Don’t wait until something happens and people lose their lives. If you really mean that your employees are your most important asset, now is the time to step up.

How to Prevent Workplace Violence

Recent workplace and school shooting incidents underscore the importance of having comprehensive prevention and response policies and plans in place. We are finally coming to grips with the reality that workplaces are veritable lightning rods for violence.

In an article titled, “Business Continuity for Small Businesses,” Dr. Robert F. Hester said, “Safety, security and preparedness aren’t routinely a focus in our lives. Being on guard is not something Americans are used to or like doing. Still. . . the threat never goes away; only fades in memory.”

Workplace violence reflects employee perceptions of their workplaces and their personal issues. Workplaces are veritable lightning rods for violence. Our job is to minimize the risk through strategies and preparation.

Minimizing risks requires a critical assessment of your workplace security; prevention and response procedures; physical security measures; and administrative and operational policies.

Workplaces must appreciate that unhappy employees don’t wake up one morning consumed with getting even. They don’t! The escalation toward homicidal retaliation probably started months earlier, if not years, and the clues were missed or misunderstood. Supervisors need to examine work sites for autocratic supervision, toxic employees and criminal elements.

Sometimes, workplace policies create misunderstandings, when the workforce is taken for granted, and that can lead to conflict. Supervisors and managers need to intervene swiftly by monitoring and then communicating. They can show sensitivity to changes in family, medical, personal, financial and workplace relationships that are often exacerbated by workplace relationships.

Workplace violence prevention really requires a comprehensive view of workplaces and how best to integrate resources, collaborate on strategies and coordinate efforts. (Developing Your Comprehensive Workplace Violence Prevention Policy/Plan).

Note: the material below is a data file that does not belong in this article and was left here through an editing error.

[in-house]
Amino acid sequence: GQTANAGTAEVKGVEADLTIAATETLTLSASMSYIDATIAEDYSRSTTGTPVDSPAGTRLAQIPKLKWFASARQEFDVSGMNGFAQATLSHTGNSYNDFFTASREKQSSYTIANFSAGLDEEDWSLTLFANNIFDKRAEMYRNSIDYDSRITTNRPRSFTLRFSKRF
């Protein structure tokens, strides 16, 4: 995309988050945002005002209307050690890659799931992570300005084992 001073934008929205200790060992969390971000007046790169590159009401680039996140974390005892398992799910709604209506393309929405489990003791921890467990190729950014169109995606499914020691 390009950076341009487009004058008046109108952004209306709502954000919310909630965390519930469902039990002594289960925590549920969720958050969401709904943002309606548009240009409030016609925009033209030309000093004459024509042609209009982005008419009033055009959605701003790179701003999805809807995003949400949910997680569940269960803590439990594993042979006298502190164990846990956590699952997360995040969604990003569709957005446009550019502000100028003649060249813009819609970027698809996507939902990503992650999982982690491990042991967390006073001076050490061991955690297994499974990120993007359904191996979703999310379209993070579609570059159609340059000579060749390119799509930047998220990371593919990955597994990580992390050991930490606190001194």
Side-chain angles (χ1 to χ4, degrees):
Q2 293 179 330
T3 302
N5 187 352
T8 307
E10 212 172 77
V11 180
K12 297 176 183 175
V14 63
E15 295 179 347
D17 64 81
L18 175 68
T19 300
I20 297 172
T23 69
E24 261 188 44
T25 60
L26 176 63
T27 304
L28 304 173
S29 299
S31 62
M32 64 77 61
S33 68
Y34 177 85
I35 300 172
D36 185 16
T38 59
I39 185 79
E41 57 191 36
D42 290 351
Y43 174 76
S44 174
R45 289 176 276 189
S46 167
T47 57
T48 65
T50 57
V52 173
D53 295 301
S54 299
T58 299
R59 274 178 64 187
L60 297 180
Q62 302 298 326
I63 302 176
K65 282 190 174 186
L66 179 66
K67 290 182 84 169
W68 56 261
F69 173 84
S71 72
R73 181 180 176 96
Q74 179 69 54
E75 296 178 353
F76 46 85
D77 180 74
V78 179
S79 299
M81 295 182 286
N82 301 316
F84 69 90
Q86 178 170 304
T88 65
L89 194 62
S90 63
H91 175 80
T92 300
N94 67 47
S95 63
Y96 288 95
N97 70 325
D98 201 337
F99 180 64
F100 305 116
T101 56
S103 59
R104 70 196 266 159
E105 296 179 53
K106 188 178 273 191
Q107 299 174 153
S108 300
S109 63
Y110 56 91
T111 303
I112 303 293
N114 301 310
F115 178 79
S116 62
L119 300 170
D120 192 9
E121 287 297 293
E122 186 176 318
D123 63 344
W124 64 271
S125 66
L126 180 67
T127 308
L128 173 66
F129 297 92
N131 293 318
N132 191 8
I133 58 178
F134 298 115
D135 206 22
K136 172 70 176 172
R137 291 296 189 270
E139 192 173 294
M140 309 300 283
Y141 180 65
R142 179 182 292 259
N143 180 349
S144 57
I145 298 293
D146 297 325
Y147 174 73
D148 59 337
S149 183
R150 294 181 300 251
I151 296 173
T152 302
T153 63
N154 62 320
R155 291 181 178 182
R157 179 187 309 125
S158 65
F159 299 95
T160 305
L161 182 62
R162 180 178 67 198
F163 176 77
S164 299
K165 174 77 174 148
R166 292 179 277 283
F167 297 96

Workplaces must review their policies and plans annually and design the right atmosphere. Workplaces must be critical of their capabilities and limitations by asking tough questions. We must not allow convenience to dictate management’s decisions and attitudes. Employees (supervisors and managers alike) must be held accountable for inappropriate conduct as part of building credibility in violence prevention.

We must ask the following questions:

  • Do we understand the risks?
  • Are we responding properly?
  • Do we monitor and track incidents, situations and people?
  • How could an incident happen?
  • What did we miss that could have prevented the outcome through care, consideration and attentiveness?
  • What did we take for granted and why?
  • How do we interact or fail to intervene?

I ask that senior leaders begin a process today to assess their workplace settings to uncover hazards and resolve security gaps. Why wait to answer such questions tomorrow when posed by the media, OSHA or a jury?

Research shows that people delay because of:

  1. Denial about whether they have a problem;
  2. The resources required;
  3. A belief that they can simply terminate troubled employees;
  4. An inability to act quickly;
  5. Lack of staff and support;
  6. The cost of training;
  7. The expense of hiring a consultant.

But there is a need to be prepared for the when it happens rather than if it happens. The threat can come from a: current employee, former employee, disgruntled customer, client, patient or student, criminal or a domestic/intimate partner. I will not scare readers with immaterial statistics not specific to your respective workplaces at this point, but I will implore you to take immediate action to improve your workplace security.